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Kenya and Uganda could as well be one country, or maybe not

By Ted Malanda | May 17th 2021
Culturally, our people are so in sync. [Courtesy]

In 2009, I had the honour of masquerading as President Mwai Kibaki’s son, and in a foreign country to boot. But before Mlolongo Police detectives barrel into cars and head to my residence at breakneck speed, guns and handcuffs ready, let me explain.

I was working for an international NGO then and we were on a trip to Uganda to, uh, inspect development projects. Our host, a State agency chief, detailed one of his deputies to chaperon our delegation which made us feel like conmen because VIPs we certainly were not.

Worse, our chaperon kept us strictly within the posh ends of Kampala where we sipped choice drinks and burped on English cuisine, a huge bore because our intention was to forage into the sleazier parts of town, which, as you know, are more alive and exciting if you are into bird watching. And being young wildlife professionals then, bird watching, especially of the nocturnal type, was firmly embedded in our DNA.

Fortunately, when we were about to die of boredom, we were shunted off to northern Uganda to, uh, discover the source of the Nile. That’s how we found ourselves on a long picturesque bridge across the Nile. Two of my mates excitedly popped out of the car – cameras ready. But having hammered the biggest fish you have ever seen, I was in python state and had no wish to disrupt the enzymatic processes that were chugging in my stomach with the slow, lazy charge of an old steam engine.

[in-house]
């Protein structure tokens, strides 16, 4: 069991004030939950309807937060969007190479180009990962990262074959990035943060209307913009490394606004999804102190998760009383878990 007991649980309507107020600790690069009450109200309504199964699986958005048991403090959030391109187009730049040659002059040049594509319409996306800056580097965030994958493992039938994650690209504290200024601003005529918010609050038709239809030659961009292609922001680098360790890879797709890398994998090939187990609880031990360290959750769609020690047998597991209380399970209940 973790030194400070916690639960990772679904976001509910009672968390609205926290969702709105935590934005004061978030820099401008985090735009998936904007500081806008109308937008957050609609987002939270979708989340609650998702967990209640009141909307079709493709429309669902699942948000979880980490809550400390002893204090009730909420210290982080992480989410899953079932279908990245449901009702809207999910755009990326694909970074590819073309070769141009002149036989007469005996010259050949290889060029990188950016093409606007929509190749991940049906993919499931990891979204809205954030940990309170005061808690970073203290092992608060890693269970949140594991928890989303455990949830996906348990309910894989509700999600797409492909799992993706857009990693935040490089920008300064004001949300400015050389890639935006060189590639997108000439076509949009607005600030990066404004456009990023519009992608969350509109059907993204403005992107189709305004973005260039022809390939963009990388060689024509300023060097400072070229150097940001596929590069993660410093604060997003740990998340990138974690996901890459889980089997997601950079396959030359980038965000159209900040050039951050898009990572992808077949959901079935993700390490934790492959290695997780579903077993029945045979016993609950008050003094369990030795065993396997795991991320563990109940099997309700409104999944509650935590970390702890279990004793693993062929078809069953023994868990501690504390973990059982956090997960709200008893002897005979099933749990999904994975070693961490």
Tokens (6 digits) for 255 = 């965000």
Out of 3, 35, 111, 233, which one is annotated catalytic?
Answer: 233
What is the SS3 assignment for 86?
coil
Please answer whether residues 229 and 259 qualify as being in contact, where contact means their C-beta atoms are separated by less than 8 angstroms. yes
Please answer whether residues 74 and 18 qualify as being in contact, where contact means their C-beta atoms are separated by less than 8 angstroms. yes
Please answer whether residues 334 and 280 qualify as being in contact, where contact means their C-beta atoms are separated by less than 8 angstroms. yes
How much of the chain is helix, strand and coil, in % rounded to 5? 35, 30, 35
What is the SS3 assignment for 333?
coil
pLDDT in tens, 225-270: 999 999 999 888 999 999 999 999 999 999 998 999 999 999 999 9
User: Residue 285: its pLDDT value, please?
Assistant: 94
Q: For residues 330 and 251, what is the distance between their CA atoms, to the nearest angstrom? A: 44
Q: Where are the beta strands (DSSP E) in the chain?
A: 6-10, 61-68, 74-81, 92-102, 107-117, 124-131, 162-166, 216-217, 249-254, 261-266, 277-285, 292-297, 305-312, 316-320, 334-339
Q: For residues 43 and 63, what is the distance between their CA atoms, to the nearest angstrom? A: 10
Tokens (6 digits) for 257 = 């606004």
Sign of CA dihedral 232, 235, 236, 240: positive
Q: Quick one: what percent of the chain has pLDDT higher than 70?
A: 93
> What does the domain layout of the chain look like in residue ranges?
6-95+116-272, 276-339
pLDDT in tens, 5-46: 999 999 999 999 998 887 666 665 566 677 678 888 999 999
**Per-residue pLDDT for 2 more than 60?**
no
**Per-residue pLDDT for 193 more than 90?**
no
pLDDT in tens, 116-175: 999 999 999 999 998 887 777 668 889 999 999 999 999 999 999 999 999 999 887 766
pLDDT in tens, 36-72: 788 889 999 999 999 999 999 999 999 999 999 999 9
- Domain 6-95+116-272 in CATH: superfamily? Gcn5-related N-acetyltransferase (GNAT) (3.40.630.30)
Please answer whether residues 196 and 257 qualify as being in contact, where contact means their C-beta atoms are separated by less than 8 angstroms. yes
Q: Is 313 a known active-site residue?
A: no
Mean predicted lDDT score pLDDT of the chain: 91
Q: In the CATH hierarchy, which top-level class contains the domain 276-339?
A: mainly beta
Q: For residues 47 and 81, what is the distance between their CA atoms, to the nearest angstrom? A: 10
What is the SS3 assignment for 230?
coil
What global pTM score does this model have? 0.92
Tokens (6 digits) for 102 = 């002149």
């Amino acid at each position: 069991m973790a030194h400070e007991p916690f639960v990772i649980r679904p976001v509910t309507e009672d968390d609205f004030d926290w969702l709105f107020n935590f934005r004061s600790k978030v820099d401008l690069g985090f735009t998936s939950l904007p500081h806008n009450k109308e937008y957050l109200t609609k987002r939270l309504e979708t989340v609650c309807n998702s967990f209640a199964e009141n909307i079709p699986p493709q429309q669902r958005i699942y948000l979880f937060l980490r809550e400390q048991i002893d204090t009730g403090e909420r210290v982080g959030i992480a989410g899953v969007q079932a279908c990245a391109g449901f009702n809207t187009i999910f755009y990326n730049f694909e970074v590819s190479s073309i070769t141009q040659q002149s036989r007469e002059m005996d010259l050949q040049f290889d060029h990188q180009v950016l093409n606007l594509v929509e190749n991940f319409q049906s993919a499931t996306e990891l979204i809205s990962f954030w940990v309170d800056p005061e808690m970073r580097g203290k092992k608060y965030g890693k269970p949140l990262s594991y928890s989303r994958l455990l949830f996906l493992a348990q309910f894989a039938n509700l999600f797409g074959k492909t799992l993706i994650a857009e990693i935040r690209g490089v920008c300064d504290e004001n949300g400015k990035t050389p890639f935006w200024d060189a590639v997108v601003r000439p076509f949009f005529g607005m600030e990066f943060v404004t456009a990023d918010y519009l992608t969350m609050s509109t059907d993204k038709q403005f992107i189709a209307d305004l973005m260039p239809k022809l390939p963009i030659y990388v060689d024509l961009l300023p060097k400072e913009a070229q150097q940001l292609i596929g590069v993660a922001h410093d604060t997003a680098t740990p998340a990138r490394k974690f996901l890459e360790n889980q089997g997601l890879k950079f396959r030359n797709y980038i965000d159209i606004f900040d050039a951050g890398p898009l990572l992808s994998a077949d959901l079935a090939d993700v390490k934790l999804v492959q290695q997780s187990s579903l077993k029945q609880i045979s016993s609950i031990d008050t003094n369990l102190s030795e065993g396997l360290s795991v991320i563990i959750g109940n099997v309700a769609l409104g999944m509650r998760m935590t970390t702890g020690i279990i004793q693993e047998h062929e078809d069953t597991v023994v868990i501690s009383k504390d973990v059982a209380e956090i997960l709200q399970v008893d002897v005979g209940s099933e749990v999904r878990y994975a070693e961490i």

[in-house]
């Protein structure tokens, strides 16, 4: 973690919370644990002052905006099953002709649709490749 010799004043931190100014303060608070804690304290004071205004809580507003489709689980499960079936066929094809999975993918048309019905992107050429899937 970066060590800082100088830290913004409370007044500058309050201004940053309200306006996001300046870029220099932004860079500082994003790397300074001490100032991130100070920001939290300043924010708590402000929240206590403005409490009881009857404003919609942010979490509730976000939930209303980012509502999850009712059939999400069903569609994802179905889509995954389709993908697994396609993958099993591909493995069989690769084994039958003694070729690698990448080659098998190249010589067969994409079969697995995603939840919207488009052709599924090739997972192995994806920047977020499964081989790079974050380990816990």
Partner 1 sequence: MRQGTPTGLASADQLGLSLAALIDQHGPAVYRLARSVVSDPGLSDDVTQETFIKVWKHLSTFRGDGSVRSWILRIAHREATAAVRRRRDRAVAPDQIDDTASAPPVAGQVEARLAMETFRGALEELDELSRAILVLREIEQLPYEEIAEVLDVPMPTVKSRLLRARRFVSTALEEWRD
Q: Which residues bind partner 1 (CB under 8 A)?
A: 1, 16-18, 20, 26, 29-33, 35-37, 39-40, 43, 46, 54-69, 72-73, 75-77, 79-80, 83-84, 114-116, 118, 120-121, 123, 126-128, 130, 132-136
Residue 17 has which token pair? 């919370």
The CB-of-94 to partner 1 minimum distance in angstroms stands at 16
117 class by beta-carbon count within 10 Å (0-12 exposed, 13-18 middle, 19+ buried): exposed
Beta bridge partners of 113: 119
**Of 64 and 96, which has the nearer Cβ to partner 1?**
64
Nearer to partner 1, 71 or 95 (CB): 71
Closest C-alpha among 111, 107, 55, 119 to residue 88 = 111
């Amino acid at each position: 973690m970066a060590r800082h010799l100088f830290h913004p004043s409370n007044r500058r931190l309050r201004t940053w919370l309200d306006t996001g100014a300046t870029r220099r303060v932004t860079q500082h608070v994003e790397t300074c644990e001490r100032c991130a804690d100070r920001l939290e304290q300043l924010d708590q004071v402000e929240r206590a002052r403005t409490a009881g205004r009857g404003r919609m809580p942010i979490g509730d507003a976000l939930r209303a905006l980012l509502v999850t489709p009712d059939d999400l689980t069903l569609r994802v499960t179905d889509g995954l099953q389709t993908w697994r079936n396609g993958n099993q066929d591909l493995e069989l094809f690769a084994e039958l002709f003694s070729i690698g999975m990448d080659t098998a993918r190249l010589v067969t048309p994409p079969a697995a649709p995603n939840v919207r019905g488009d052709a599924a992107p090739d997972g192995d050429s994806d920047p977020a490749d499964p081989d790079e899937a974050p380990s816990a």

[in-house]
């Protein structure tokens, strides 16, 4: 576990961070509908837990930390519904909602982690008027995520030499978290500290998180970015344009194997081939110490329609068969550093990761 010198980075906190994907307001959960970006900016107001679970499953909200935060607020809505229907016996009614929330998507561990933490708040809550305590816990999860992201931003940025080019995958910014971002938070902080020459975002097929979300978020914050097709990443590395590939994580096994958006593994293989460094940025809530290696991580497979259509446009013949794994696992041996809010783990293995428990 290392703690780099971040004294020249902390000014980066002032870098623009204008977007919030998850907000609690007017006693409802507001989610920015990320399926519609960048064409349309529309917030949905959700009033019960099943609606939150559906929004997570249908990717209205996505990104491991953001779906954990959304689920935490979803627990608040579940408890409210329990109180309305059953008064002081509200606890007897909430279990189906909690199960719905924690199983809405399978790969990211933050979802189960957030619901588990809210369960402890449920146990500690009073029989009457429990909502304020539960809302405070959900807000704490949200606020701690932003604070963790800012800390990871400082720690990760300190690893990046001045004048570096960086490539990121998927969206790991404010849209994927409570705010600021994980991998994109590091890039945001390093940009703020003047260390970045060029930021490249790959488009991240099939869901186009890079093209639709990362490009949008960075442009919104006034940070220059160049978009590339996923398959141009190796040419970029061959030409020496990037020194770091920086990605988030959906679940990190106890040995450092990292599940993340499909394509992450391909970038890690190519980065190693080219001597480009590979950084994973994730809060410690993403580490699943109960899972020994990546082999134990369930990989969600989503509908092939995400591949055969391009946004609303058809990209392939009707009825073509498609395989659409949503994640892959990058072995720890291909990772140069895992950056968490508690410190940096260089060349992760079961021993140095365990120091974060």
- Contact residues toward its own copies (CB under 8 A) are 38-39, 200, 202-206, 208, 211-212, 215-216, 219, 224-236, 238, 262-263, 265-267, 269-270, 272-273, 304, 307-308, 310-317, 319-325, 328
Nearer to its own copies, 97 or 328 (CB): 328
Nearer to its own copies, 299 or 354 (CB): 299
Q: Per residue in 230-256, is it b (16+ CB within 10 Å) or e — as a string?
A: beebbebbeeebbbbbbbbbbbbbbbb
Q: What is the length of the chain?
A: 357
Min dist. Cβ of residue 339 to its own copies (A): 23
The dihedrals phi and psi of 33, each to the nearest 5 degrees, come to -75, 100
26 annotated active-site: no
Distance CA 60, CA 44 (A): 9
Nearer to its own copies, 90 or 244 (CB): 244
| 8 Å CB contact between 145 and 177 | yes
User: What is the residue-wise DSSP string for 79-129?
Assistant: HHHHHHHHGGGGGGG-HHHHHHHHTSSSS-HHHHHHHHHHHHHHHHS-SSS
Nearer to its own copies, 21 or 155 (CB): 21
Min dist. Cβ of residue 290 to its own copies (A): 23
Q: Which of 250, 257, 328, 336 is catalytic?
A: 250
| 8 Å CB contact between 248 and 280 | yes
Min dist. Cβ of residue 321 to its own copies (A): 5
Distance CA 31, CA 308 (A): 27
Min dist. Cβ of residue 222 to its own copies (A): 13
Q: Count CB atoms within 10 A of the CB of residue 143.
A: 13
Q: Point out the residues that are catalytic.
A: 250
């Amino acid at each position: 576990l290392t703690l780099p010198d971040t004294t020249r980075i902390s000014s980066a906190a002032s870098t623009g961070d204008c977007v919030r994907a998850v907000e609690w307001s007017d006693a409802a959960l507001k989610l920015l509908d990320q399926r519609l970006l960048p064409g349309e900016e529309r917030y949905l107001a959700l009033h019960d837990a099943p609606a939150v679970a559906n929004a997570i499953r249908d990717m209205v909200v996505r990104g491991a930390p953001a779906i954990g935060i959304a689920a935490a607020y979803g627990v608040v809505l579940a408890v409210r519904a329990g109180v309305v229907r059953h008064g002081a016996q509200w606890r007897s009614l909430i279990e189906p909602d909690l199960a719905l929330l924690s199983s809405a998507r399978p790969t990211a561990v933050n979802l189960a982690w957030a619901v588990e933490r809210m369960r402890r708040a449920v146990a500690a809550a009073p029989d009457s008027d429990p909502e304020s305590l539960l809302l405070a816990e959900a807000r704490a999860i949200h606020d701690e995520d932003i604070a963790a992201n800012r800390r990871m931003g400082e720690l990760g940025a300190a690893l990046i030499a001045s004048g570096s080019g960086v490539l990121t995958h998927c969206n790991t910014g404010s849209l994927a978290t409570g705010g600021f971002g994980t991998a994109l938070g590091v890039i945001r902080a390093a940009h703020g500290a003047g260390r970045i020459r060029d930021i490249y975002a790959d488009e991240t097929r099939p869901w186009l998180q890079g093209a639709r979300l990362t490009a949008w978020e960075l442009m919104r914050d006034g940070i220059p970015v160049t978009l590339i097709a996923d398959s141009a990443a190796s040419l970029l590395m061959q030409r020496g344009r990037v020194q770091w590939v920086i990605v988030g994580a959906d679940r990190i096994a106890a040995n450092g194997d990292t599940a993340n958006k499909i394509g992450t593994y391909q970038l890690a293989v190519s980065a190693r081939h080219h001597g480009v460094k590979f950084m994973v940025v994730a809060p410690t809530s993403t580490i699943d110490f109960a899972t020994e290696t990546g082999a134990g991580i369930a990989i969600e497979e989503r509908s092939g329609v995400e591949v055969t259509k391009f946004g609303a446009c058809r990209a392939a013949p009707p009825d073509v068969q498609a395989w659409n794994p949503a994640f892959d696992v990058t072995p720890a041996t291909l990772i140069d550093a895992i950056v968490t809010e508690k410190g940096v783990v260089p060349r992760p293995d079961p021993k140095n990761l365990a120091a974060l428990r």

From the corner of my eye, I noticed a suspiciously out of place mud hut sitting perilously close to the river bank. But before I could shout a warning to my mates who were already snapping away, two men armed in jungle fatigues and gumboots ambled out. In a flash, my colleagues were under arrest – for photographing a bloody bridge!

Our chaperon, a seasoned bureaucrat, cursed and stepped out of the car. From a distance, I watched him engage the solders in an animated discussion punctuated with gestures and shrugs. After three tense minutes, he freed the “dissidents”.

“How did you do it, Sir?” I asked.

He grinned. “I told them you are Kibaki’s children and that I have orders from above to take you whence you please. Why else would a senior government official be escorting three foreign youngsters all over Uganda?”  We all had a jolly good laugh because the closest we had ever seen the President was on television.

But think about it. No sign prohibiting photography. An endless bridge across one of the longest rivers in Africa; a tourist attraction that must never be photographed for “security reasons”. And a hidden mud hut where armed soldiers lurk in camouflage, ready to pounce. Sounds familiar?

Most things about Uganda are eerily familiar to a Kenyan. Chaotic elections where journalists, opposition leaders and their supporters are arrested and beaten like dogs. Power blackouts and traffic jams. Corruption (oh yes, their tenderpreneurs also sucked Covid-19 funds like nectar) and a policing system where “orders from above” can get one into or out of deep trouble. And, of course, a noisy parliament where the opposition shrieks like a weaverbird while the tyranny of numbers dozes on the front bench.

Culturally, our people are so in sync that even before our presidents signed memoranda, we have always traversed either country – trading, loving, conning and occasionally killing each other without either government resorting to burning chicken. Heck, it is safer for our pastoralists to graze their cattle in Uganda than venture into the neighbouring tribe’s pasture in their own country.

We only differ in two ways. Ugandan barmaids, at least those in Kenya, speak better English than the patrons (here). Also, chances of police charging into Opoda Farm to beat Opposition leader Raila Odinga and smear pepper in his eyes are zero.

Not because our politics is more decent. It’s just that the powers that be know that if they attempted a Besigye on The Right Honourable, that choice would attract very severe consequences. But if, on the other hand, a nondescript governor or senator got too big for his boots and insulted the President, they wouldn’t know what hit them!

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